Limits to growth (4): ‘clever organisation’ instead of an extra sports hall

24 Mar 2022 ,

Every year Radboud University grows a little bigger. How do fuller lecture halls impact teaching, student life and the city of Nijmegen? In the Limits to growth series, Vox explores the university’s growing pains. Today, Part 4: The sports centre that’s bursting at the seams.

‘I prefer to do sports in the afternoon after my classes,’ said powerlifter Martijn Hendriks. ‘But that’s peak time when the whole fitness facility is full. I tried going to the sports facility in the morning, but then I had to reschedule my week, And during the last lockdown, it was almost impossible to use the sports facility: you had to reserve a time slot days in advance. So I also joined another sports school and now I can practice whenever it suits me – but it costs me an extra 30 euros a month.’

Hendriks isn’t the only one who’s noticed the lack of space at Radboud Sports Centre (RSC). Too few playing fields or rooms available, long waiting lists or even sports clubs with complete membership stops, teams looking for accommodation elsewhere in the city and a fitness room that’s full to the seams. The sports centre is full – full to bursting.

There’s a logical explanation for this problem: Radboud University has grown considerably over the past few years. This growth is reflected in official figures, which show that the number of students at the university has risen by 35 percent in the last ten years.

Membership stop
This growth also means more students who want to play sports. Peter Gijsberts, team leader of the student sports association on behalf of the sports centre, confirms this: ‘Over the past few years, club membership has grown by an average of 10 to 15 percent.’ According to an internal memo dated September 2020 written by Rob Cuppen, the former director of the sports centre, about 20,000 people were a member of the sports centre each month. This made RSC the busiest university sports centre in the country. But it should be noted that, according to the sports centre, the current number of students ‘is much lower’ and ‘fluctuates a lot because of the COVID-19 crisis.’

However, there are no hard figures, partly because of the fluctuating numbers during the crisis. The popularity of the sports centre gives rise to a number of problems. A questionnaire held by Vox at various student associations showed that 60 percent of the sports clubs now have a membership stop – the main reason being a lack of capacity.

If you look at the current lack of space as well as the continual growth, you may quickly jump to the conclusion that more sports facilities should be built as soon as possible. But that’s not going to happen.

‘It’s all about previous ideas; there won’t be any expansion’

In the past few years there were numerous rumours about new construction. For example, an extra sports hall where the tennis courts are now situated, an extra storey on top of the existing sports centre or new sports fields – perhaps even a new sports hall – in nearby Park Brakkenstein.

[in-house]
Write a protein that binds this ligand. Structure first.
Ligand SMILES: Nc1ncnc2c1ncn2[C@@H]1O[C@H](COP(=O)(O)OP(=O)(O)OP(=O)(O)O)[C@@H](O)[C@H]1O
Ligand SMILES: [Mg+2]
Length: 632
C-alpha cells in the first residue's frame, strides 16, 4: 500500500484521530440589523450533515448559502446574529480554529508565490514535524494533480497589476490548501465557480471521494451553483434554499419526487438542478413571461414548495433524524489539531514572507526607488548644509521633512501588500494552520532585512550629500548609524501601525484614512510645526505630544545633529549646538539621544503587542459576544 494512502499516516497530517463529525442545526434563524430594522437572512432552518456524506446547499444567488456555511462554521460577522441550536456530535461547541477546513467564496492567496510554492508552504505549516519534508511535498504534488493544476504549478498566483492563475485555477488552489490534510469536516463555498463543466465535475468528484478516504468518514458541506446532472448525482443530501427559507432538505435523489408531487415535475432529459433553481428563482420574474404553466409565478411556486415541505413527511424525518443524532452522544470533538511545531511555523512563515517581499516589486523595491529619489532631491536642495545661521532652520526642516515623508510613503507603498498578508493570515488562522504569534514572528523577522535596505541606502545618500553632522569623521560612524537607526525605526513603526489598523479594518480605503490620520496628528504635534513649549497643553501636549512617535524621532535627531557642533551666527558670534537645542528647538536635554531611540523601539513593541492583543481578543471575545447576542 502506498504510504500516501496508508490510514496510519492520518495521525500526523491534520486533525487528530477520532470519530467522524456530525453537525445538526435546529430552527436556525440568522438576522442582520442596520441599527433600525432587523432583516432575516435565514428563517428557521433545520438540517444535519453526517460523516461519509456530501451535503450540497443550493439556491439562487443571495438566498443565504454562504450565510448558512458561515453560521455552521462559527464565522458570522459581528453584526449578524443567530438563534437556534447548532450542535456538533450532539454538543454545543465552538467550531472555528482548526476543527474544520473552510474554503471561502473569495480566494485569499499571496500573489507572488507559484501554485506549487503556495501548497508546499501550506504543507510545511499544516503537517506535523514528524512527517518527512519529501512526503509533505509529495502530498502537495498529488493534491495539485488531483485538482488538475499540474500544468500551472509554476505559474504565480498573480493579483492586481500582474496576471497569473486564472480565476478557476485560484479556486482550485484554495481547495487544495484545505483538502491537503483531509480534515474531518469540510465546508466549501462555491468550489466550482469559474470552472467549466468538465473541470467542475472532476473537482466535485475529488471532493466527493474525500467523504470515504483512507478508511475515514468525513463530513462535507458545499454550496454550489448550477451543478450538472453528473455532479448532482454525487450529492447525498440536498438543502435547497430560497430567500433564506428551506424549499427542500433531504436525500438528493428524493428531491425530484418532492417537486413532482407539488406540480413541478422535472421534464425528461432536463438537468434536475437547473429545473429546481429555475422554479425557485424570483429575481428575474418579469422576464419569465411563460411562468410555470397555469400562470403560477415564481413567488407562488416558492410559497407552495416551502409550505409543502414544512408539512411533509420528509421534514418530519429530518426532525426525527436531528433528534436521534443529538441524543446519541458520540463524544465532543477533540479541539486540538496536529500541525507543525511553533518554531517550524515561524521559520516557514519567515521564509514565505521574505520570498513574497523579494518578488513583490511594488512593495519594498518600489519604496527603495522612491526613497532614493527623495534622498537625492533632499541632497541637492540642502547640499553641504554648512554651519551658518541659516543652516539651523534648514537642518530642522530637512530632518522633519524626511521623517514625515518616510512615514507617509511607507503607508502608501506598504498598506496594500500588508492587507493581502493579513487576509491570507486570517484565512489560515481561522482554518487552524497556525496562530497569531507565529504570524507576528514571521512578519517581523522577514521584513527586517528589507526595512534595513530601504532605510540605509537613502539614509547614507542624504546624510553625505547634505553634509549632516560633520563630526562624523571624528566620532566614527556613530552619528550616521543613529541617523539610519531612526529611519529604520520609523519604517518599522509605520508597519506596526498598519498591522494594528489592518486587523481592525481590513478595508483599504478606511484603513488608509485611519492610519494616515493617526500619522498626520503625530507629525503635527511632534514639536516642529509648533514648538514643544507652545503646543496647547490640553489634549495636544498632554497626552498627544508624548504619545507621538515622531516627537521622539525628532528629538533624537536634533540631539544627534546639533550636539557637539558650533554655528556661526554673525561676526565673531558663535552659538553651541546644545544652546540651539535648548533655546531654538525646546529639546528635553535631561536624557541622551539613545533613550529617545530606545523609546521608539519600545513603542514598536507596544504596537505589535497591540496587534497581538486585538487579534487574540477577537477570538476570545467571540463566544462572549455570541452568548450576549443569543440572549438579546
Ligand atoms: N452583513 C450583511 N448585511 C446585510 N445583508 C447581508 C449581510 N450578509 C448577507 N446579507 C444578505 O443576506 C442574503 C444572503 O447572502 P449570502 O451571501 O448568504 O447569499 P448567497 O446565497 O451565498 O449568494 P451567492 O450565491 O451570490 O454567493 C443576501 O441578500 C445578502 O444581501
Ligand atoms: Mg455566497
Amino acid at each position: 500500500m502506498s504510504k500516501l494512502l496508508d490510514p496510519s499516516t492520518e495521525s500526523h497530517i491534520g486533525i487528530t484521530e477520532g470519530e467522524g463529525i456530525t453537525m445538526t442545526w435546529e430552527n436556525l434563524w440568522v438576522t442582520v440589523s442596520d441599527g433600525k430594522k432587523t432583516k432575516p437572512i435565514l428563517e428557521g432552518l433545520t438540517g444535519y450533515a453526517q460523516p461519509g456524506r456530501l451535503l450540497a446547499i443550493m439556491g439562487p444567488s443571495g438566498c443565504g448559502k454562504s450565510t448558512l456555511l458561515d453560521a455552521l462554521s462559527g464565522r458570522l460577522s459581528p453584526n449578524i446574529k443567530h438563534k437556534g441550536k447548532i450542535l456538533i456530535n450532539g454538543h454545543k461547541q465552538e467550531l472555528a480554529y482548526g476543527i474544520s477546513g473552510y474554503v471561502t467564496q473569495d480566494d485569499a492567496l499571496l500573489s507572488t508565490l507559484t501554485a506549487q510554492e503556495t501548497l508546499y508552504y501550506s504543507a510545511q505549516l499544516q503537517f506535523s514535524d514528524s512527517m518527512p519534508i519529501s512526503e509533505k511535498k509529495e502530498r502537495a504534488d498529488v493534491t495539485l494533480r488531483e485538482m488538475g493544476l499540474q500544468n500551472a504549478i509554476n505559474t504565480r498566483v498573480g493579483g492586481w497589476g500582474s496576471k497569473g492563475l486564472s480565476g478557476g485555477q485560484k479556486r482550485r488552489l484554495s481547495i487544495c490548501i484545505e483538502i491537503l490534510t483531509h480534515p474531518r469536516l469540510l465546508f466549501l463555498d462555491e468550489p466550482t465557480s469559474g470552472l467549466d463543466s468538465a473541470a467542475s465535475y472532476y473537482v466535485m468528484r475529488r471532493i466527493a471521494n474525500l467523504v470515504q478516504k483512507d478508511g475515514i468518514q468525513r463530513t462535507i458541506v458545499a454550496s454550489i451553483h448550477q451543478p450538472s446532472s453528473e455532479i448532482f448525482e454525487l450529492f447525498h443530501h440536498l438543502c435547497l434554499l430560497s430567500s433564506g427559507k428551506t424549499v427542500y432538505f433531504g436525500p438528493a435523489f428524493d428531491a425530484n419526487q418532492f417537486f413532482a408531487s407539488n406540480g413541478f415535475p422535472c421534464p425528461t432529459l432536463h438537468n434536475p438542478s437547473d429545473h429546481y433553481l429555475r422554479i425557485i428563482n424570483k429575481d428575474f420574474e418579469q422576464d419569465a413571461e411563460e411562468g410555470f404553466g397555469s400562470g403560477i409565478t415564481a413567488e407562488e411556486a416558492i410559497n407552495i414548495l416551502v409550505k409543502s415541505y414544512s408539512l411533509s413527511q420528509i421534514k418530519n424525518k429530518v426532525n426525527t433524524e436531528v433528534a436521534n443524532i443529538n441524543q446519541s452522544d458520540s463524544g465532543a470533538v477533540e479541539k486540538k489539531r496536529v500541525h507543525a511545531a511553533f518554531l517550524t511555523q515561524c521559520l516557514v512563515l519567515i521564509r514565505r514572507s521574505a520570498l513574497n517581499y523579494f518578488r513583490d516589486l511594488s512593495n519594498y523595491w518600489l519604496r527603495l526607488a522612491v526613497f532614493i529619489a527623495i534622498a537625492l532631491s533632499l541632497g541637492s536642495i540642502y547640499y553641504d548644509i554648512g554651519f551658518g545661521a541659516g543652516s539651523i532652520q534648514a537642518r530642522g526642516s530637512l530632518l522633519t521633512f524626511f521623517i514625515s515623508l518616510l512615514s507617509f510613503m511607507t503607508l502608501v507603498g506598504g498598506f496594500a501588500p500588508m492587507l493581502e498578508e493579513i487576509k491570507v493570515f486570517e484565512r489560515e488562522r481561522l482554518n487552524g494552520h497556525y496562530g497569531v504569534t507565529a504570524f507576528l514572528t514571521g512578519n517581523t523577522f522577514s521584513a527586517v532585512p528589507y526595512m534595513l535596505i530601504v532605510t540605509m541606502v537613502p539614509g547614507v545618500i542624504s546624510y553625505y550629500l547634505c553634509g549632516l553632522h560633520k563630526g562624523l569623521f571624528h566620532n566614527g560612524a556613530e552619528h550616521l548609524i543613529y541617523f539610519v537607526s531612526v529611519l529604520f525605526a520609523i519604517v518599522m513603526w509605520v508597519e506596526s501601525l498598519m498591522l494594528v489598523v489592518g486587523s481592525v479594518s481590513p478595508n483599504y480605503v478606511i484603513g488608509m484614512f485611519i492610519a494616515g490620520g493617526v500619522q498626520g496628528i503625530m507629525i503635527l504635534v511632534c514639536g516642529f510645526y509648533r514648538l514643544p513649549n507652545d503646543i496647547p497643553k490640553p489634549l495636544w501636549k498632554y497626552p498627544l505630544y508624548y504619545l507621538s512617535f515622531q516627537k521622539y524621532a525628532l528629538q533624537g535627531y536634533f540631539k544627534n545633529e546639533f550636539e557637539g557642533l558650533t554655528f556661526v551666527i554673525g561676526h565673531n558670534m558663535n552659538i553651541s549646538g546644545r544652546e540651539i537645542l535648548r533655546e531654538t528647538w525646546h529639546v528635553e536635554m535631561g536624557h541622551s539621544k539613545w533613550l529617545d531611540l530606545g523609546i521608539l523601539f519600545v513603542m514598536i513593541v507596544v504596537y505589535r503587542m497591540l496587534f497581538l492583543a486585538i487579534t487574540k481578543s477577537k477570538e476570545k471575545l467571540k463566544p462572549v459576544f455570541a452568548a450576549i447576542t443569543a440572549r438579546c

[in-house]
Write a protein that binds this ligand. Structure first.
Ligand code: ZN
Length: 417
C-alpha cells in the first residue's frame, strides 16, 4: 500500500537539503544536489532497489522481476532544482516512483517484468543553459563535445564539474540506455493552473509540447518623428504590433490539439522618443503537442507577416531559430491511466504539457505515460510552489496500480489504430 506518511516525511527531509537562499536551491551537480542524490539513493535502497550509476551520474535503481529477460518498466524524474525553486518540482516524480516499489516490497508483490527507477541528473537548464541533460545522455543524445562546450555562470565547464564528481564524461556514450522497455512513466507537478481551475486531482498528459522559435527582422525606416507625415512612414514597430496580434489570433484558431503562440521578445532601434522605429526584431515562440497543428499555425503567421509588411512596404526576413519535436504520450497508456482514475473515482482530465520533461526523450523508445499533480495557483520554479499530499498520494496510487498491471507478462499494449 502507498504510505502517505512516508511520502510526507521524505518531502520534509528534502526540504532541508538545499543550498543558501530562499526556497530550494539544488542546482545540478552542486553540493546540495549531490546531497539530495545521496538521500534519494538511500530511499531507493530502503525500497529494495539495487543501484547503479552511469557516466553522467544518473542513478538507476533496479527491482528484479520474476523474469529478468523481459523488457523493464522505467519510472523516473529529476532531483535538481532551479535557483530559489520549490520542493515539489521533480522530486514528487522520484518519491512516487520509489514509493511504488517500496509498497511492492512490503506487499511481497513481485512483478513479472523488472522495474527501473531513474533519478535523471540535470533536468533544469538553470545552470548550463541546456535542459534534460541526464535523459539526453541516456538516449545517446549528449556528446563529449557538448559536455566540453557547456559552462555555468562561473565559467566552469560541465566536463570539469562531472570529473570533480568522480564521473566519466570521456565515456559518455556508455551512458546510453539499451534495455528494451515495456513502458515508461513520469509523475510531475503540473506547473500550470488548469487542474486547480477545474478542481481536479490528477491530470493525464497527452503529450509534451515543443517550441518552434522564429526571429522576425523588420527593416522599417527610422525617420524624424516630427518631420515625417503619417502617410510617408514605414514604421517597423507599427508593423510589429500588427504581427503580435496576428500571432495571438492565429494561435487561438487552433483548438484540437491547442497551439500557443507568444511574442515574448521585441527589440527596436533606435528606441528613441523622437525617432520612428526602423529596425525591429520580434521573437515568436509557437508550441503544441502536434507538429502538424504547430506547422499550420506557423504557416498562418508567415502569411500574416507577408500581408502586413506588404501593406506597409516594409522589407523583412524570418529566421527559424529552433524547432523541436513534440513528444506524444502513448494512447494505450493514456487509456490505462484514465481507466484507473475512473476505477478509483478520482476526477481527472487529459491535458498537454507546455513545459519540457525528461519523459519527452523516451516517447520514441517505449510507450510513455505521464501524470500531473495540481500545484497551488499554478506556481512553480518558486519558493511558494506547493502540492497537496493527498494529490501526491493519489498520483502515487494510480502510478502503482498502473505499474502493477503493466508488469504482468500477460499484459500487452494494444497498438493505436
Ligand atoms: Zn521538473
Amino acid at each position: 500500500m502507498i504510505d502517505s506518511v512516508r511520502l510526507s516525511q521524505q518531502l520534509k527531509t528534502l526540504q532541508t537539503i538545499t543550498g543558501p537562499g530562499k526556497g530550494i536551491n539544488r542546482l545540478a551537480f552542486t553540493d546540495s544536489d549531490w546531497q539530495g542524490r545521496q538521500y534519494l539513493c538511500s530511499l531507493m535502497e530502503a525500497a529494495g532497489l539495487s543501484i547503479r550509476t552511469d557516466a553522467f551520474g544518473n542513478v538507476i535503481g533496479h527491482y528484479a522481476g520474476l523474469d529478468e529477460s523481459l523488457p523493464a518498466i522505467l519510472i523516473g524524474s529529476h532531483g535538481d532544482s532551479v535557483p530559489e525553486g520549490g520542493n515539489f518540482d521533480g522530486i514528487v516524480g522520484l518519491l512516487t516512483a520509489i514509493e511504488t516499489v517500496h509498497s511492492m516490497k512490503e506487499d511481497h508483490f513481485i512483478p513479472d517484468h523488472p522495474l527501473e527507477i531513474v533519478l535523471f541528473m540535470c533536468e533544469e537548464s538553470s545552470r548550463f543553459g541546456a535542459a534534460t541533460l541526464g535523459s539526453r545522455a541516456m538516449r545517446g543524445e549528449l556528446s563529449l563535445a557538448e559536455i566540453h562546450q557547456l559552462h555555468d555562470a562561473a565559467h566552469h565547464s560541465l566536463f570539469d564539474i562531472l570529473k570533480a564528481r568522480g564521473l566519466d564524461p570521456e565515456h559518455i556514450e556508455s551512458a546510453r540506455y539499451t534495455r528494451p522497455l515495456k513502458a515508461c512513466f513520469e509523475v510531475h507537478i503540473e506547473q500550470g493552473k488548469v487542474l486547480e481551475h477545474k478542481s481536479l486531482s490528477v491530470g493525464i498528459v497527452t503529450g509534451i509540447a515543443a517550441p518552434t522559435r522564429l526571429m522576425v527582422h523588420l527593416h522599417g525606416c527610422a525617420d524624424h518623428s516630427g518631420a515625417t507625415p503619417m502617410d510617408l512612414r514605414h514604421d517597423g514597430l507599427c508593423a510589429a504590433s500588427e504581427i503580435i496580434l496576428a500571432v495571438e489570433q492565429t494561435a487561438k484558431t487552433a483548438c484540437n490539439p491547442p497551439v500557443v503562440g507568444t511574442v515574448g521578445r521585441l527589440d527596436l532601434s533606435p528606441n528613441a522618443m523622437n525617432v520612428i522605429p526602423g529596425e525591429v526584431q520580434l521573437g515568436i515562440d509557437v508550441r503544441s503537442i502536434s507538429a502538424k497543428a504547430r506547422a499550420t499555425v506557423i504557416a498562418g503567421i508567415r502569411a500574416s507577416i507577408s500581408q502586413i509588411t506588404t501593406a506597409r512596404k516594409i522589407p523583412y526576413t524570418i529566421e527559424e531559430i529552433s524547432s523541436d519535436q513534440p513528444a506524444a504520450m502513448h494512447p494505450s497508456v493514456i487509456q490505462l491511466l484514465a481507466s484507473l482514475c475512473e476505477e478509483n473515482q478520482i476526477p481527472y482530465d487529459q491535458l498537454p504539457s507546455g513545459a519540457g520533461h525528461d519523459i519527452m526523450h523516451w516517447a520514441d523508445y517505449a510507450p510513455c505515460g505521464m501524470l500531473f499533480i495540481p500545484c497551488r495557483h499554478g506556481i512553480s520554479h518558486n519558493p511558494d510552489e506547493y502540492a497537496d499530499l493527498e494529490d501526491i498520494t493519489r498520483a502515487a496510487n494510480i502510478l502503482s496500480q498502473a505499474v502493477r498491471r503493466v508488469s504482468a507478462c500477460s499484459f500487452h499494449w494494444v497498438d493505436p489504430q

‘We’ve also heard those stories,’ said Gijsberts with a laugh. ‘But I have to say that that last plan was new even for me. But let’s be clear: it’s all about previous ideas. There won’t be any expansion.’

Extra sports hall

It’s true that Cuppen, a former director of the sports school, advocated the construction of a new sports hall. ‘Where the tennis courts are currently located. The idea was to use the hall as a multifunctional facility: as an exam location during the day and a sports facility in the evening. But the Executive Board wasn’t convinced. It was finally decided to convert the former administrative building on Comeniuslaan into an exam location, and this plan was scrapped.’

As the Vox questionnaire showed, Cuppen’s plea for extra space was shared by many clubs, including Trajanum (basketball), FC Kunde (football), Apeliotes (hockey), Slow (tennis) and Ha-Stu (handball), all of which say that they simply need more space in order to let their members play. FC Kunde and Apeliotes gave a more detailed explanation in a previous article.

The internal document from September 2020 also showed how vital the extra space is. As stated there, ‘the further growth of the clubs that play indoor sports is only possible if a third sports hall is built.’ If the number of sports cardholders remains more or less the same in the future, then the current space for the clubs still won’t be enough.

The fitness room of the sports centre as seen from Heyendaalseweg. The bottom floor has now been converted into a fitness room.

Gijsberts: ‘I understand that clubs want more construction, but their demand is too simple. This kind of plan has to conform to the financial and spatial requirements and there has to be a vision for the future. And even if we manage to provide all this in the short term, when do you think that that new hall can be used? It’ll take years.’

‘Just to be clear, we did indeed talk about new accommodation in the past. But for various reasons it was never realised. But it’s also not true that we were never given extra space: just a few years ago we were able to expand the fitness room considerably. But if you argue time and again for an extra hall, then you have to take a different approach.’